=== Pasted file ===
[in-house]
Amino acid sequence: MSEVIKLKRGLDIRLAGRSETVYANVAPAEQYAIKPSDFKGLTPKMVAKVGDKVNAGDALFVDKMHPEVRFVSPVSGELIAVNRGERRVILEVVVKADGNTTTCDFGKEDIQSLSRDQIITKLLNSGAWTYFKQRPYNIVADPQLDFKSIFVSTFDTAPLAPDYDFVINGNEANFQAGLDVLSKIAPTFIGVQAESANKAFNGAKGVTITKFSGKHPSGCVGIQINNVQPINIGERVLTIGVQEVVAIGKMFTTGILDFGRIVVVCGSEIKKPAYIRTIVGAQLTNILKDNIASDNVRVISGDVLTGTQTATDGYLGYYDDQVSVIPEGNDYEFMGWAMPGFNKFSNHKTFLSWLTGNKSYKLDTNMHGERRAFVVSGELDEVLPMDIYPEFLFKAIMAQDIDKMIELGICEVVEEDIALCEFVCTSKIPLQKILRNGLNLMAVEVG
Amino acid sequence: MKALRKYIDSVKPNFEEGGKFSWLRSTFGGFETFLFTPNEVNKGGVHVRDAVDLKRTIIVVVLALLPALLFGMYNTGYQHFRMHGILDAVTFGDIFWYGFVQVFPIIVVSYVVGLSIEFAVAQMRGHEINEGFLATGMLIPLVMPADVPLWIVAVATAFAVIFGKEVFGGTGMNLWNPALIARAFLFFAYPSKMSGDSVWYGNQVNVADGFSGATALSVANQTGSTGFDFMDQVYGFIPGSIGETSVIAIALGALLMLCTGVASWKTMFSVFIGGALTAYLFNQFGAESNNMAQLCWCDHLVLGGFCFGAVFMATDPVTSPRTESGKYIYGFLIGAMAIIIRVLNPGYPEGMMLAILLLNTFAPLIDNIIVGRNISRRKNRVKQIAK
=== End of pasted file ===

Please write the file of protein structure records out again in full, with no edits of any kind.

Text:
[in-house]
Amino acid sequence: MSEVIKLKRGLDIRLAGRSETVYANVAPAEQYAIKPSDFKGLTPKMVAKVGDKVNAGDALFVDKMHPEVRFVSPVSGELIAVNRGERRVILEVVVKADGNTTTCDFGKEDIQSLSRDQIITKLLNSGAWTYFKQRPYNIVADPQLDFKSIFVSTFDTAPLAPDYDFVINGNEANFQAGLDVLSKIAPTFIGVQAESANKAFNGAKGVTITKFSGKHPSGCVGIQINNVQPINIGERVLTIGVQEVVAIGKMFTTGILDFGRIVVVCGSEIKKPAYIRTIVGAQLTNILKDNIASDNVRVISGDVLTGTQTATDGYLGYYDDQVSVIPEGNDYEFMGWAMPGFNKFSNHKTFLSWLTGNKSYKLDTNMHGERRAFVVSGELDEVLPMDIYPEFLFKAIMAQDIDKMIELGICEVVEEDIALCEFVCTSKIPLQKILRNGLNLMAVEVG
Amino acid sequence: MKALRKYIDSVKPNFEEGGKFSWLRSTFGGFETFLFTPNEVNKGGVHVRDAVDLKRTIIVVVLALLPALLFGMYNTGYQHFRMHGILDAVTFGDIFWYGFVQVFPIIVVSYVVGLSIEFAVAQMRGHEINEGFLATGMLIPLVMPADVPLWIVAVATAFAVIFGKEVFGGTGMNLWNPALIARAFLFFAYPSKMSGDSVWYGNQVNVADGFSGATALSVANQTGSTGFDFMDQVYGFIPGSIGETSVIAIALGALLMLCTGVASWKTMFSVFIGGALTAYLFNQFGAESNNMAQLCWCDHLVLGGFCFGAVFMATDPVTSPRTESGKYIYGFLIGAMAIIIRVLNPGYPEGMMLAILLLNTFAPLIDNIIVGRNISRRKNRVKQIAK